As we keep chugging along on our adventure through all sorts of comic movies, it's always nice to take a look back at time when we didn't really think that was going to be a real possibility. I mean, we had a few here and there; Marc Goldblatt's "The Punisher" in 1989 with Dolph Lundgren, Todd McFarlene's "Spawn" came to life on the screen in 1997, and even Marvel's "Blade" started it's three film run in 1998. But up until that point, I don't think most of us and the film industry alike thought they could get start some sort of comic based universe on a movie screen. It wasn't until July of 2000 when Fox and Bryan Singer decided to put out the first superhero film franchise that pretty much paved way for all the shared, comic-based, cinematic universes that we now see today. I bring you, "X-Men". Yes, there has been multiple Superman and Batman films before this, but that's a different argument for a different day.
When "X-Men" was released, it was the talk of the town every place I visited frequently. It grossed over $54 million on it's opening week and was considered a one of a kind and different way to tell the stories of Marvel's main mutants. At least that what I've been reading on the reviews on the IMDb page. So, over the course of many years and multiple movies, they have been growing a huge following and everyone likes them (for the most part). But I have been having a problem with them. I do not think they are very good...at all. And I'm not talking about just "X-Men 3". I do give them credit for what they have done for future films, but looking back, they felt like a bunch of films that didn't have much going for it it. Granted, it has been a long time since I have watched these films, but I still don't think any were memorable.
So, I came up with a fun little solution. As we countdown the 18 days till "X-Men: Apocalypse", I'm going to re-watch each X-Men film (Not including the Wolverine films) and write about what I didn't like or did like. Like I said, it's been a long time, so maybe I'm being harder on them then I should. I do warn you, this is going to both be pretty biased and some of my reasons will probably be disagreed with. Let's dive in with:
Like most superhero movies, they usually start with some sort of origin story. Like Peter Parker getting bit by a radioactive spider and Bruce Wayne's parents being shot, it's a way for us to understand how they came to be what they are now. It is trickier with the mutants because the whole thing is that their powers are genetic. So, their version of an origin story is to show young Magneto in a concentration camp using his powers to bend a metal gate and then short jump into "the present" where Rogue kisses a guy and almost kills him. And we do have the voice of Professor X telling us what exactly it is to be a mutant, as well as Jean Grey giving a speech at the Senate about the mutant gene and to speak up against the Mutant Registration Act, where we first meet Senator Robert Kelly. That is the sole explanation/origin. It's pretty much just glossed over.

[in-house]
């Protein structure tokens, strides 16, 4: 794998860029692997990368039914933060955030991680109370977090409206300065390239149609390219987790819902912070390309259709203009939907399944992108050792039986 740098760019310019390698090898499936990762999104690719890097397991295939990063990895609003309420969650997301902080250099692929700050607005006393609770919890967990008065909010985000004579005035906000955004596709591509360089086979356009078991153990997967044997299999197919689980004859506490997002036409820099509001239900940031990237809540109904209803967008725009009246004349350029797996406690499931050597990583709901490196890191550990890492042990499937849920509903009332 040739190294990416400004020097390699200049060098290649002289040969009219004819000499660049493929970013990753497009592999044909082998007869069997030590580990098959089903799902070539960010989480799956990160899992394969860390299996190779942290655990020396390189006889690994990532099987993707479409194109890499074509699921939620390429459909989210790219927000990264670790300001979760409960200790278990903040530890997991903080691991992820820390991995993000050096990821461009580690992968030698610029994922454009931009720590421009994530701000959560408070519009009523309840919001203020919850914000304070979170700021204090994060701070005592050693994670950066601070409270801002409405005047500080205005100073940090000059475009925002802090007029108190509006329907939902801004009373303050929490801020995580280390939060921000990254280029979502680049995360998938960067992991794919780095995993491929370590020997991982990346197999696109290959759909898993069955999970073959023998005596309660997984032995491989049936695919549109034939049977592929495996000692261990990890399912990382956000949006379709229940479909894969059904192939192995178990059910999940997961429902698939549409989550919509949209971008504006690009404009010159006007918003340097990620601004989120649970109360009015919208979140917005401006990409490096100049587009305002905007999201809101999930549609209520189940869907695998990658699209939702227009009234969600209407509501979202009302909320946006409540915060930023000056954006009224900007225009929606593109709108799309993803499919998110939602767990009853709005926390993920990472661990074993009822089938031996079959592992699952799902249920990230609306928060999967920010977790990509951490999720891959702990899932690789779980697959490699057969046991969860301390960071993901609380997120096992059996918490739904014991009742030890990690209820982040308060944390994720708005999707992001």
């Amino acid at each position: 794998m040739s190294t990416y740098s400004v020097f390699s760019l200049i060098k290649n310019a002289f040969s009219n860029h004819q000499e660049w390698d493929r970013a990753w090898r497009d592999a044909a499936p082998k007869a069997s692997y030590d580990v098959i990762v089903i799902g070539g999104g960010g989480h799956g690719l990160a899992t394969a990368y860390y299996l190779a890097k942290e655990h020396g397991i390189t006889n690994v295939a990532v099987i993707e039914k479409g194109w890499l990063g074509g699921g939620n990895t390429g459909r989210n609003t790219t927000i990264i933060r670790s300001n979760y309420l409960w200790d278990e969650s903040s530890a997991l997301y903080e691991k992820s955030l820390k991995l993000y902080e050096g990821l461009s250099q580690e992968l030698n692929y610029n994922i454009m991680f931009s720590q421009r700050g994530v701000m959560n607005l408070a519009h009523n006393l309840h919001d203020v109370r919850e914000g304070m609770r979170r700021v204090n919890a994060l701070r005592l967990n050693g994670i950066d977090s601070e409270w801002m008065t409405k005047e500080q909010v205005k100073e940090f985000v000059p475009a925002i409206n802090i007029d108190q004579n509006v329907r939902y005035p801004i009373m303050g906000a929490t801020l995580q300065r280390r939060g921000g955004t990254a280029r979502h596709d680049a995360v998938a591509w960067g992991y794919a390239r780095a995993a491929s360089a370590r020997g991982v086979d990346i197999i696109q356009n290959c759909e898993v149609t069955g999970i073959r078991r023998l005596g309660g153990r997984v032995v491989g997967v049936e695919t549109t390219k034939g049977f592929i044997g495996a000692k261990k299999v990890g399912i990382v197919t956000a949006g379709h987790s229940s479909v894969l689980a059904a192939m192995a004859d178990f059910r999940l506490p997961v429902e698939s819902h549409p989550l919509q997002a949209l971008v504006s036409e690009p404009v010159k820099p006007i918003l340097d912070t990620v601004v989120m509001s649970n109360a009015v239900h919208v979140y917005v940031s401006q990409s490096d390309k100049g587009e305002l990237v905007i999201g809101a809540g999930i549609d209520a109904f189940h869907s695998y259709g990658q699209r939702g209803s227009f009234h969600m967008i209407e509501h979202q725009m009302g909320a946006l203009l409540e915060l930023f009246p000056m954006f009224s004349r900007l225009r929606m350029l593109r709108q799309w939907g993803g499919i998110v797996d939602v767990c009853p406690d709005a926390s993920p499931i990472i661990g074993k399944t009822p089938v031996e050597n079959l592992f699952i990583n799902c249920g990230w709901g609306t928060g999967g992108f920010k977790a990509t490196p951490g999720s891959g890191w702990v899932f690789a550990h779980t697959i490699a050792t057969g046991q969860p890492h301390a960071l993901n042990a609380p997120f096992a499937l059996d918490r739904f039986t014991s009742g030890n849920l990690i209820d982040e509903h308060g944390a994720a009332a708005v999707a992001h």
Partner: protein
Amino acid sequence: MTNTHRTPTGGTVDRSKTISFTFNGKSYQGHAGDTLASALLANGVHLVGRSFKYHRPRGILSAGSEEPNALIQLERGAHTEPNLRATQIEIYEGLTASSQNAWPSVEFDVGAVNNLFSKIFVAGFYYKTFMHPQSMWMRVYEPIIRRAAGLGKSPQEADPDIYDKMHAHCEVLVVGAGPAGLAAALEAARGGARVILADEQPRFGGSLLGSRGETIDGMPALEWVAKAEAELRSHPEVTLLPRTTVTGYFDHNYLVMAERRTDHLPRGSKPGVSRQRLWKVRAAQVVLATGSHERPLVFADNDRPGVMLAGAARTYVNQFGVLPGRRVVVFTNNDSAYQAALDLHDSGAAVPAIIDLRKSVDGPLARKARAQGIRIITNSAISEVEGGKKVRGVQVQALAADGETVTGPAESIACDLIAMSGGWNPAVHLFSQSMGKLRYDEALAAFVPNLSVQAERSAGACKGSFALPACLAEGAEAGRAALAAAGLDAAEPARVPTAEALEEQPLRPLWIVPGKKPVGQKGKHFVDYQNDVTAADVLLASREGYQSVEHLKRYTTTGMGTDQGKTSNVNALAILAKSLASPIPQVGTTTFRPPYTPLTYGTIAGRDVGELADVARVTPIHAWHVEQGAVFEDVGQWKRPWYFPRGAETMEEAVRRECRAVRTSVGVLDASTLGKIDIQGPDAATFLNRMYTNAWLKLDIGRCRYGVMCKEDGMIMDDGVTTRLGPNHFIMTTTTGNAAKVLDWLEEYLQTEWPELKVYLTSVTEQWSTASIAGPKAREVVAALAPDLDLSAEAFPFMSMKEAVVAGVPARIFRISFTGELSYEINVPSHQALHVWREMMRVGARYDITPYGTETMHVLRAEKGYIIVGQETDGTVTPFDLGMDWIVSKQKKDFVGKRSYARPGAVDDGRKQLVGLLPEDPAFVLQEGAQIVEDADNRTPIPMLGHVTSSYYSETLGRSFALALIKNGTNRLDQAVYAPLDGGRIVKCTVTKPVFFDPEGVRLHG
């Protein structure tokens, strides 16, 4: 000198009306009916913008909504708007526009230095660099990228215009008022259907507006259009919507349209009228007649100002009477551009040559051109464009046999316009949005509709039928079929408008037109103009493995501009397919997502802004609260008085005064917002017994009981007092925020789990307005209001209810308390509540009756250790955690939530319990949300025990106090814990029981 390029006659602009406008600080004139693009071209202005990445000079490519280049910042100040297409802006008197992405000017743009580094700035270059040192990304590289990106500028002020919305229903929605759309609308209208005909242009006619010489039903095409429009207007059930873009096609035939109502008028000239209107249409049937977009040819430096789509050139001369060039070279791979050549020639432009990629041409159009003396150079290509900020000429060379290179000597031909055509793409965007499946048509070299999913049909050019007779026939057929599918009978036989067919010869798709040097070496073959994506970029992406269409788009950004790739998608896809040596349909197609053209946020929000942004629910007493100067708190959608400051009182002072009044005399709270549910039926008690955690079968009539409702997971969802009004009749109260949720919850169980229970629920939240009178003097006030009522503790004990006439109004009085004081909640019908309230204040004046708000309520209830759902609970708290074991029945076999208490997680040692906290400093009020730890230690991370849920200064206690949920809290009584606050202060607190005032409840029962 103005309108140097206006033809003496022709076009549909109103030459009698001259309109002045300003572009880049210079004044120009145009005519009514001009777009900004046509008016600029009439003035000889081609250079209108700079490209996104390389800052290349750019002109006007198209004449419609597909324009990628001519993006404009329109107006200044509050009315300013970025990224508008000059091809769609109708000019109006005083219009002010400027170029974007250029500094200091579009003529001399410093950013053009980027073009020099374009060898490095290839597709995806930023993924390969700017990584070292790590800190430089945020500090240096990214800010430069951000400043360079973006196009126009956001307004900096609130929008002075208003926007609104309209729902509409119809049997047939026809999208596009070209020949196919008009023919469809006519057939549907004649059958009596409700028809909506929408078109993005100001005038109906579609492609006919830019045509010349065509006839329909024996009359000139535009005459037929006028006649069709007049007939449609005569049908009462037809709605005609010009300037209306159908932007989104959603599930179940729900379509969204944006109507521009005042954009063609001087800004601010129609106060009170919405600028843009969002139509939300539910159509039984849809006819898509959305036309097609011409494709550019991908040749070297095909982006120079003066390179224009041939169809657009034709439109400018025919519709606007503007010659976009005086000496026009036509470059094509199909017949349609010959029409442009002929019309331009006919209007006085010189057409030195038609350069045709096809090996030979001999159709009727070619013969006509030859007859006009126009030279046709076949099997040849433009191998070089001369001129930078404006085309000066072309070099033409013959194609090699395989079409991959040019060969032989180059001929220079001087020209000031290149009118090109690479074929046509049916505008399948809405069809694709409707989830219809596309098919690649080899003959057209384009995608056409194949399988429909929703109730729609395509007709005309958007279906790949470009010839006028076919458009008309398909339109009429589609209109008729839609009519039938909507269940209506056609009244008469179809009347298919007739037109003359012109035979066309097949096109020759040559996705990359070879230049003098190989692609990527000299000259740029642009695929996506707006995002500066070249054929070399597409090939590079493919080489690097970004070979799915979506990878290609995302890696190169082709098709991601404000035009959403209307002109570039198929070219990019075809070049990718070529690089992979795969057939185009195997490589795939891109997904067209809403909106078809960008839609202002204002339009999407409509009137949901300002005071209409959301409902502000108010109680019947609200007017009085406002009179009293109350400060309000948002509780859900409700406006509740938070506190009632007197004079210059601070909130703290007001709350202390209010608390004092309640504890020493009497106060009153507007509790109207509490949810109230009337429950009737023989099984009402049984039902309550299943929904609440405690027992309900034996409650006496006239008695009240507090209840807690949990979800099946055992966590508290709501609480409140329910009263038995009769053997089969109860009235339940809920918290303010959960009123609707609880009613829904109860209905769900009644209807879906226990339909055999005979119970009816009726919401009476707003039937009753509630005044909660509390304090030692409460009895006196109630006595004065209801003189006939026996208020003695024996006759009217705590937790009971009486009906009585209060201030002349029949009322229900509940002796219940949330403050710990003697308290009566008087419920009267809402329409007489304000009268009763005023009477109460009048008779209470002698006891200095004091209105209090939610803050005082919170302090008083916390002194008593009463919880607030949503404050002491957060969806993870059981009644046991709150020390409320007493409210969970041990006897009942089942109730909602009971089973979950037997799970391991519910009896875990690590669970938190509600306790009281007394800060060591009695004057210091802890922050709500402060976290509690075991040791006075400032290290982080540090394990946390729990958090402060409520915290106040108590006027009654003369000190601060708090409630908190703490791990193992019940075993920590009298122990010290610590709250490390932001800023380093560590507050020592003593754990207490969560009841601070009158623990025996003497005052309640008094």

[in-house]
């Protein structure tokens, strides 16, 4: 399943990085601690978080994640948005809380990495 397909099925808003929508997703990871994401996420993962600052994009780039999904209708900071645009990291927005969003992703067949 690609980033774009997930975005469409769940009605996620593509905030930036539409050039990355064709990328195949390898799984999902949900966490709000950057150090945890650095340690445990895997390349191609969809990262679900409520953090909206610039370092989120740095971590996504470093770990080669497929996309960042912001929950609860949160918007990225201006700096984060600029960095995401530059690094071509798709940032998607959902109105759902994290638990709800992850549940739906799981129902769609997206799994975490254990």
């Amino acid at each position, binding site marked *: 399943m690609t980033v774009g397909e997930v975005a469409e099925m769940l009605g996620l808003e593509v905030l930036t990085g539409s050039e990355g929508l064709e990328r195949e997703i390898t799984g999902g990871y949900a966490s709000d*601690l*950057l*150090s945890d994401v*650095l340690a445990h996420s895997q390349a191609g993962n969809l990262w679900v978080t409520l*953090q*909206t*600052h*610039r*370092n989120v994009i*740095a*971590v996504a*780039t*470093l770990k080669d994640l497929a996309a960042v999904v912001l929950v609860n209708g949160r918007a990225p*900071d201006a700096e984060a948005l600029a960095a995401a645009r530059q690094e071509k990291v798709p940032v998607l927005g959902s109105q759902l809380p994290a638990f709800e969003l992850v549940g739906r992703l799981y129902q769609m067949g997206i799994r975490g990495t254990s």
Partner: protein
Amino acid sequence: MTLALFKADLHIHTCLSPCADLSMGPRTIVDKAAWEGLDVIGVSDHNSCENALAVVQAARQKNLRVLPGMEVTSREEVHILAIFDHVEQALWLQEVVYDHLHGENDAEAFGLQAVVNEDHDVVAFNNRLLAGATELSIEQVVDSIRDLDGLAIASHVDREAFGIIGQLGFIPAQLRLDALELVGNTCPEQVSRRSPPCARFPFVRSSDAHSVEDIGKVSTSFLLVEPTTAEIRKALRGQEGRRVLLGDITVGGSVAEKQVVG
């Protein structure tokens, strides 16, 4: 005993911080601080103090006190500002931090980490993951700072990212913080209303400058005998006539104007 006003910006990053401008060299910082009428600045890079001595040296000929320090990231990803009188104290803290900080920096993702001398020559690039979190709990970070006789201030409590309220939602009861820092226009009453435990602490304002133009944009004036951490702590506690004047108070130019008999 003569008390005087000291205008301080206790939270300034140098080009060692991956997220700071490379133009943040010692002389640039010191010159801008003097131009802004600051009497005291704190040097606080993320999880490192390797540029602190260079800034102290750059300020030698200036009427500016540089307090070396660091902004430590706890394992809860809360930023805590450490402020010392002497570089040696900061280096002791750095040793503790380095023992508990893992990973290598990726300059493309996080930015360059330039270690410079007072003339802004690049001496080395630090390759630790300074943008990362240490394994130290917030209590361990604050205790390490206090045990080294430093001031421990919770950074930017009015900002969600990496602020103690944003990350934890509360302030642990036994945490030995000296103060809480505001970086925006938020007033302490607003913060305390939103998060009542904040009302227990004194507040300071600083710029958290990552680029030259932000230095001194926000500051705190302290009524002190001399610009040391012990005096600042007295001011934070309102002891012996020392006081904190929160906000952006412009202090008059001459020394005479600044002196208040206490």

As we progress through the movie, we meet Wolverine and Rogue as they first interact. So, Anna Paquin is just awful. Her portrayal as Rogue and trying to have a southern accent on top of her acting is just not the most amazing thing. It totally waters down the good acting that Hugh Jackman does give. Hugh Jackman does look like and can pull off Wolverine very easily. It's one of the few actors I liked in this film, along with Ian McKellen as Magneto and Patrick Stewart as Professor X. The collection of other actors in this film are just awful. Halle Barry (Storm), James Marsden (Cyclops), Shawn Ashmore (Iceman), and even Tyler Mane (Sabretooth) play their roles very monotone and flat.
Then we reach the introduction of Xavier's School for Gifted Youngsters, with the main teachers being Jean, Cyclops, and Storm. But there's a problem here. The original X-Men in the comics are Cyclops, Beast, Iceman, and Angel. Where are Beast and Angel? Yes, Beast shows up in a future film, but no one knows anything about Angel until the second film. And Iceman is a student. I know, I'm being very picky, but they could have at least kept the original four together and worked with that. And the fight between Wolverine and Sabretooth in the beginning makes no sense. Sabretooth and Wolverine have known each-other for years, decades even. And to set it up so they are complete strangers? That could have been a well used plot point, using their past to fuel their rivalry and to make it more rich, more memorable. Also, the whole love triangle between Cyclops, Wolverine, and Jean moves so fast, there was not development at all. And that is suppose to be a big piece for the future films. They just had to jump in on it.
As for effects, for the time, they were not too bad. But looking back to when Magneto uses the machine on Senator Kelly or even when Wolverine uses Cyclops' motorcycle, today's standards in terms of effects in 2016 are higher then ever, and these ones just don't keep a lasting impression. The only one that does work is the effect they use on Mystique when she changes form.
Even the ending climax of the fight at the Statue of Liberty is boring. They banked so much on the fights of Wolverine vs Mystique and Wolverine vs Sabretooth that the rest of the X-Men don't even have decent moves fighting Toad...TOAD!
Overall, this movie is not the worst of the bunch, they knew they really were trying to push the entire franchise on Hugh Jackman's back because of the popularity of Wolverine in the comics. This movie did what it was suppose to do. Make an open ended movie that can be added on to when they start the next one. For that purpose and iffy acting and story overall, this film for me get's a 5. That is on a scale of 10. 1 being awful to 10 being the best.